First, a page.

There are even more obscure and specialized fandoms. There are fandoms for Marvel and DC comics, with little splinter fandoms for Spiderman, Superman, Batman, and all of their other friends in tights. There are huge fandoms for cartoons from the 90’s: Teenage Mutant Ninja Turtles, Hey Arnold, Doug—the list is eternal.  

Fandoms are like kingdoms: occasionally, they wage war against each other like little wanna-be gangs. There are actually people out there who religiously assert the superiority of Harry Potter over The Lord of the Rings. I’ve heard people get more heated about Star Trek vs. Star Wars than about Democratic vs. Republican.

But of all the fandoms, the most celebrated, intricate, controversial, and complicated is the mammoth Disney fandom. Divided into a billion splinter fandoms, the Disney followers could almost be described as more of a culture than a mere fandom. Just about every little girl is a Princess fan at some point in her life—and many of them still are late into their thirties. Some are Pixar devotees, gathering up Toy Story memorabilia and tying balloons to their chimneys. Some are huge fans of The Hunchback of Notre Dame, not for its title character, but for its sly narrator, Clopin.

But the kingpin of Disneydoms (Ha. Coined a word.) is the massive group of fans of The Lion King movies. These people have their own fan art website, their own Lion King Wikipedia, online stores, a thousand and one fan videos on YouTube, 2,372 works of fanfiction (a written fictional work based off the story of the movie), and 125,008 works of fan-made art logged in the nation’s largest fan-art site, deviantart.com. Not only that, but the Lion King fans have generated a whole universe and history apart from the movie canon, tracing back Simba’s family tree for up to five generations before the first movie happened.  And five generations after him. There’s even a whole back story about his son, Kopa, who died under mysterious circumstances at the hands (paws?) of one of Scar’s distant relatives. Go. Figure.

Personally, I find it all fascinating. People get really excited about stuff that really, honestly, doesn’t really matter that much. But it still makes them really, really happy.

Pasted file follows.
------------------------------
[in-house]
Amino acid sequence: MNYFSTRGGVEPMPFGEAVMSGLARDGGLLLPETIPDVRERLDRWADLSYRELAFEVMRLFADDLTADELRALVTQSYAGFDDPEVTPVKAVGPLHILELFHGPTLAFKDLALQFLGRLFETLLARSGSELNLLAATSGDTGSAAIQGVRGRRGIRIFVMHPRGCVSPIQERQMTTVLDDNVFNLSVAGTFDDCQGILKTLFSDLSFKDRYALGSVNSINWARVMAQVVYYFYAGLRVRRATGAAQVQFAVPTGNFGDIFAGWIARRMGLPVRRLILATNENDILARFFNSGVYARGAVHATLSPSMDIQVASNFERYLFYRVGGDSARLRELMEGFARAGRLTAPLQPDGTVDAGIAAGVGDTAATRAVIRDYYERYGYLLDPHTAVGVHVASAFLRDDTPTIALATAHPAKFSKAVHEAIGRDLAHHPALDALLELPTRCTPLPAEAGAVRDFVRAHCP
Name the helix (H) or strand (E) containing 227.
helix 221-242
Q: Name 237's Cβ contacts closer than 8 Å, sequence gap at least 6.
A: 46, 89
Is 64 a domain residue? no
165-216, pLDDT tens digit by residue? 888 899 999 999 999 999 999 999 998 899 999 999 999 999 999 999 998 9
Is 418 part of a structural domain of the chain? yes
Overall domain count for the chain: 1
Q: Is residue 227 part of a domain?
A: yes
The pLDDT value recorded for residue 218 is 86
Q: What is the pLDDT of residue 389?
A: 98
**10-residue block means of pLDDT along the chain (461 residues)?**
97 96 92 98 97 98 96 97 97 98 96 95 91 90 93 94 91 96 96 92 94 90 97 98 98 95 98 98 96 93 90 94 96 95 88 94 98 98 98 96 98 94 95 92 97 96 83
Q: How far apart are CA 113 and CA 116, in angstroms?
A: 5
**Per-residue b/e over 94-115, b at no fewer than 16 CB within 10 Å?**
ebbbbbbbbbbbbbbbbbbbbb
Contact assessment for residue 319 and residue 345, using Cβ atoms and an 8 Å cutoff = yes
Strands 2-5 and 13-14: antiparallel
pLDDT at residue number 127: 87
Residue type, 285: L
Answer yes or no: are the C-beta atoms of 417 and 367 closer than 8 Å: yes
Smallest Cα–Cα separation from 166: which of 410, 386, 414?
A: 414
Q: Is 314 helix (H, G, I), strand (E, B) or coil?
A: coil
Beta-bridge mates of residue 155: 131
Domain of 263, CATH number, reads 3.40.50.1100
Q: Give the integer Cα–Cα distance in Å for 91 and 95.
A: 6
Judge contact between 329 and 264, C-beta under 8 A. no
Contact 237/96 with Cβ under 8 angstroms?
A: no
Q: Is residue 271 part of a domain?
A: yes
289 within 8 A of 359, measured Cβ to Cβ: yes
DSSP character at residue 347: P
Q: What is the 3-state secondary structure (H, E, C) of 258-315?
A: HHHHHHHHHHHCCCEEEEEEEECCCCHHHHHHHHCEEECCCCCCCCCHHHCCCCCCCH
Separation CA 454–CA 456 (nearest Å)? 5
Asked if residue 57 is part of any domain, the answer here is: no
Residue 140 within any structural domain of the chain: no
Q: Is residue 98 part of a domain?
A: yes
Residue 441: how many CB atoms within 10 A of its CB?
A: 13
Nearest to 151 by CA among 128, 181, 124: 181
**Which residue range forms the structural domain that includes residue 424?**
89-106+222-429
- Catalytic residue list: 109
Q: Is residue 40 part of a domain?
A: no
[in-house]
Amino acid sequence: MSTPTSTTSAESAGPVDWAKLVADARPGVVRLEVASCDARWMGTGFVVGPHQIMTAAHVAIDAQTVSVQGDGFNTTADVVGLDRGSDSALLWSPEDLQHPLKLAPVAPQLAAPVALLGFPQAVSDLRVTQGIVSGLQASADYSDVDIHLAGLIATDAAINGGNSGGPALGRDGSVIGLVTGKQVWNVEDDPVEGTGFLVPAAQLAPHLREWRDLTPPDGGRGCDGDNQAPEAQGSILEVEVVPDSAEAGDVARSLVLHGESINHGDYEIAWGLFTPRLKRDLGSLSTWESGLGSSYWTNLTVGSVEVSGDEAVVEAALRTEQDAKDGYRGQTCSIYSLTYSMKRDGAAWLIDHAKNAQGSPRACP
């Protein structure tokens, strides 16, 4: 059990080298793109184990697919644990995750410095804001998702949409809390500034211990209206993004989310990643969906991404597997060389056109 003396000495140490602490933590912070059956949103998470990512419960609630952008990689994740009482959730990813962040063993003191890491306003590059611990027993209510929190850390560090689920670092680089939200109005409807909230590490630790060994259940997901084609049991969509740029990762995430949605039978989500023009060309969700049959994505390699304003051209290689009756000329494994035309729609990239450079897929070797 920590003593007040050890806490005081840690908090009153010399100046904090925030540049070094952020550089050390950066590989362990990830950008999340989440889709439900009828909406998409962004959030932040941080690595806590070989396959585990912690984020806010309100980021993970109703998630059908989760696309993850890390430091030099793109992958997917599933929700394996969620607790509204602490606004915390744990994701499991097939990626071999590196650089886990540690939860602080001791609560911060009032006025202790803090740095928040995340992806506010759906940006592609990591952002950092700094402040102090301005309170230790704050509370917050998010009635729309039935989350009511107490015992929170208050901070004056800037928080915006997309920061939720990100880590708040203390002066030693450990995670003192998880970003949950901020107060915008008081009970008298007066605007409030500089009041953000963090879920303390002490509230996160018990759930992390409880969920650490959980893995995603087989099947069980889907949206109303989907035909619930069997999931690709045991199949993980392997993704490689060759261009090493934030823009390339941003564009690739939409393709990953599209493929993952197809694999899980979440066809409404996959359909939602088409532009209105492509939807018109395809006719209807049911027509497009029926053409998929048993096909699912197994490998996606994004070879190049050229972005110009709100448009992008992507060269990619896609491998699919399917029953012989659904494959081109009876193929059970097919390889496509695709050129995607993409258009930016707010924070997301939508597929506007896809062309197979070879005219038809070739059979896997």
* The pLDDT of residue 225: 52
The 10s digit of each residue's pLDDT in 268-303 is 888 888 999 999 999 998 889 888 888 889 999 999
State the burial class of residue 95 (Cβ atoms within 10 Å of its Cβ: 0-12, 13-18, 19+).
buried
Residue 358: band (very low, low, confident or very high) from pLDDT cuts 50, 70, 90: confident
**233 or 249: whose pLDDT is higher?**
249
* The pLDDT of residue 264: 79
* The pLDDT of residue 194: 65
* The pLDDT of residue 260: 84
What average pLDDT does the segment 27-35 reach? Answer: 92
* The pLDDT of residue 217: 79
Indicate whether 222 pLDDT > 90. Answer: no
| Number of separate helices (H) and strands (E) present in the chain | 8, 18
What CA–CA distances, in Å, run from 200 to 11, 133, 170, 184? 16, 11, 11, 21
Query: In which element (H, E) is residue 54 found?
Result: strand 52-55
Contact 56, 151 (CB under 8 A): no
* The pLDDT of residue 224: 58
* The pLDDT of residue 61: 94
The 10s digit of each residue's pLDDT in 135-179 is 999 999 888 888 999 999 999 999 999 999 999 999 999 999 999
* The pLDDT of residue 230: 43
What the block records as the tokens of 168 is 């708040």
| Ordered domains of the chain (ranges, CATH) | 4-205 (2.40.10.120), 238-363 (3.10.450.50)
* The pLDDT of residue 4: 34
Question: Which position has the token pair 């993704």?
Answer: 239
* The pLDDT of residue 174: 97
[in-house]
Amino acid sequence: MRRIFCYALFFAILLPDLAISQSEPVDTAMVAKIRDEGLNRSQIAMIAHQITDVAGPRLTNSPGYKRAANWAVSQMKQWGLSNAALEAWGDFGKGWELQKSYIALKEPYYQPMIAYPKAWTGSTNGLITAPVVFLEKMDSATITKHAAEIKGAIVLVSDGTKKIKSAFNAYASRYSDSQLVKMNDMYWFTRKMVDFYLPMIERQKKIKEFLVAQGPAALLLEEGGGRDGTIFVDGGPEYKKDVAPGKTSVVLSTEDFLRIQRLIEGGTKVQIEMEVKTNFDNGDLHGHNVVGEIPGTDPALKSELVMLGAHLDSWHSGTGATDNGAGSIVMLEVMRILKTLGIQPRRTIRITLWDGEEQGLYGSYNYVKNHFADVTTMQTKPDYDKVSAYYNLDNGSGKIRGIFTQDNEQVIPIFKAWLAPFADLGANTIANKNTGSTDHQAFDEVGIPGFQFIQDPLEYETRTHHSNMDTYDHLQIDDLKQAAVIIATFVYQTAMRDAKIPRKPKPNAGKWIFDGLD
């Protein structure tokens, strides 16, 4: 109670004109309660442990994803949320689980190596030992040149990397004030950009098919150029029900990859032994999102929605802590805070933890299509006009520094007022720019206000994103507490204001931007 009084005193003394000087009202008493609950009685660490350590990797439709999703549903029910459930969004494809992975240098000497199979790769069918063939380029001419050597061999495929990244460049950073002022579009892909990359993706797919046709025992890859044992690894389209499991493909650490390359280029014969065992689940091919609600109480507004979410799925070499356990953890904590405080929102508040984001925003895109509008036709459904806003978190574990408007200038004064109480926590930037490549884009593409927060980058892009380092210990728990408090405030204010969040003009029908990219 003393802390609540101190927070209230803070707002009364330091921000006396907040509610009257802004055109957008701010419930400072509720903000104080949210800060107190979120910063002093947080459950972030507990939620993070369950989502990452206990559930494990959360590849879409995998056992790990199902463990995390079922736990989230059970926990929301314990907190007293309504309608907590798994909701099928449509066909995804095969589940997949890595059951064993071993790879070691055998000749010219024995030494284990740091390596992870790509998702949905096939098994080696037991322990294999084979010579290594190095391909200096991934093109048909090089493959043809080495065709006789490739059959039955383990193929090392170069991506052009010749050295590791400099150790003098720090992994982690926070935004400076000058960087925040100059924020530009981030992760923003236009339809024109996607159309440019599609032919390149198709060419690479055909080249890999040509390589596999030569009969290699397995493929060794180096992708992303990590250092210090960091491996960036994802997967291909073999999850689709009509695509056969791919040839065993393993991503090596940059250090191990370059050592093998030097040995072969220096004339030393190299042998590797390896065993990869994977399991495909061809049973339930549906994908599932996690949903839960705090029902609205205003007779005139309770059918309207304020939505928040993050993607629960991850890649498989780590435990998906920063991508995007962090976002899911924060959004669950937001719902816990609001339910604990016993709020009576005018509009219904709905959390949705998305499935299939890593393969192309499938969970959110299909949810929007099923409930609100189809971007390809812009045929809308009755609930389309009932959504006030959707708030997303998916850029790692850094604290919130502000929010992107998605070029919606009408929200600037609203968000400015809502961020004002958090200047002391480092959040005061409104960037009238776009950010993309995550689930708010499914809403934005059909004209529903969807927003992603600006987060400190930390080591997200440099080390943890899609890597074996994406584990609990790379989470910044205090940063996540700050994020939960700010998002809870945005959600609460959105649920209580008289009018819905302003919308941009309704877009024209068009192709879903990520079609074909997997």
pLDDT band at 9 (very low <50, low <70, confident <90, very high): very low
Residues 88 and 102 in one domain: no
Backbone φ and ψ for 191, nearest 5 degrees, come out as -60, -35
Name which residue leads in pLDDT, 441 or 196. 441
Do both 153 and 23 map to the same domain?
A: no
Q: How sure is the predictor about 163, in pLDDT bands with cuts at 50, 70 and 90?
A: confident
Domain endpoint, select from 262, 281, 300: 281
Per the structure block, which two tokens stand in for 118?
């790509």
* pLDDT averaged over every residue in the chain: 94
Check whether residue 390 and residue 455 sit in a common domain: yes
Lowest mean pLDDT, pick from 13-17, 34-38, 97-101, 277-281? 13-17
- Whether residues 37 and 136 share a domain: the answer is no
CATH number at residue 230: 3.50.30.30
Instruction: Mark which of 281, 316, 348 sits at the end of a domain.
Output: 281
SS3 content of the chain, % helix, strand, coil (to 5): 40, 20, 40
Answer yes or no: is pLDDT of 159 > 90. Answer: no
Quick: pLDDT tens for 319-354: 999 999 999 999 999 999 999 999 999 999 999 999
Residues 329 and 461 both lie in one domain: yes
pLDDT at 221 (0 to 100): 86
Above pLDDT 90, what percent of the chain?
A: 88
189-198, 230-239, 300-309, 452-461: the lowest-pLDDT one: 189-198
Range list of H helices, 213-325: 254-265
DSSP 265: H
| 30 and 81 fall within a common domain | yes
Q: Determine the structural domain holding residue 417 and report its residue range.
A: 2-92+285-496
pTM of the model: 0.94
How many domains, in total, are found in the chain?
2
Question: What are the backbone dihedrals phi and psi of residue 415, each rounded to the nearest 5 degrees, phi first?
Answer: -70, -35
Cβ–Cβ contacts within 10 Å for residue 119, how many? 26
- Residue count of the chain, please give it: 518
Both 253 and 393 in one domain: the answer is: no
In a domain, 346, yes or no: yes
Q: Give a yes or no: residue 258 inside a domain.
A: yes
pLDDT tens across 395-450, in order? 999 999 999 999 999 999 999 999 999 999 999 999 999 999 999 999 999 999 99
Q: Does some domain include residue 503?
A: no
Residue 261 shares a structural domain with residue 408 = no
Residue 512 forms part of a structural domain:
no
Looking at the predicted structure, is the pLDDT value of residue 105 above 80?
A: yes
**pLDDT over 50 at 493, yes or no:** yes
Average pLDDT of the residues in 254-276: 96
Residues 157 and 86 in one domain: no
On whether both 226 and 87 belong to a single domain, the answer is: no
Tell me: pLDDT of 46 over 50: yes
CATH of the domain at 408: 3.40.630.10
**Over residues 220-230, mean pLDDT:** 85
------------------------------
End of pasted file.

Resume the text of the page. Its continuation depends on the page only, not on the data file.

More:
The writer of this blog has no further comment. Other than to say that Dumbledore ain’t got nothing on Gandalf.

So Much for the “Eureka”


I’m having a moment. It’s one of those moments that you see in movies about writers or journalists. You know, that moment when the down-on-her-luck aspiring writer stuck in a deadbeat job has that instant of inspiration that leads to the manuscript that finally lands her a book contract. Like when Gilbert tells Anne to stop writing in such haughty language and start writing dialogue the way people actually talk. Or when Julie starts to write a blog about her experiences cooking her way through Julia Child’s cookbook. Or at the beginning of The Lord of the Rings when Bilbo writes “Concerning Hobbits…”

I’m reading an article about a woman who was told her unborn child had Down syndrome. The article explores her resentment towards God, the opportunities she had to abort the baby that she turned down, and finally seeing her daughter for the first time and absolutely falling in love with her. It briefly describes one woman’s journey from hating her unborn child to loving her unconditionally, regardless of what anyone thought. This mother has started a book about her experience and wants to reach out to parents in similar situations. Children—people—need to be loved, no matter how “fit” society deems them to be.

As I read this article, my writerly soul had a thought:

This would make a great play.

Now I want to get in contact with this family and interview them; ask them if they would mind me using their story for a play that would honor the message they want to send to the world. No email address was listed with the article, so I turned to the page where the editor and staff writers are listed. Still no addresses. Just a form email address for changing your mailing address.

Rats. So much for the “eureka.”

How ‘Bout Them Resolutions?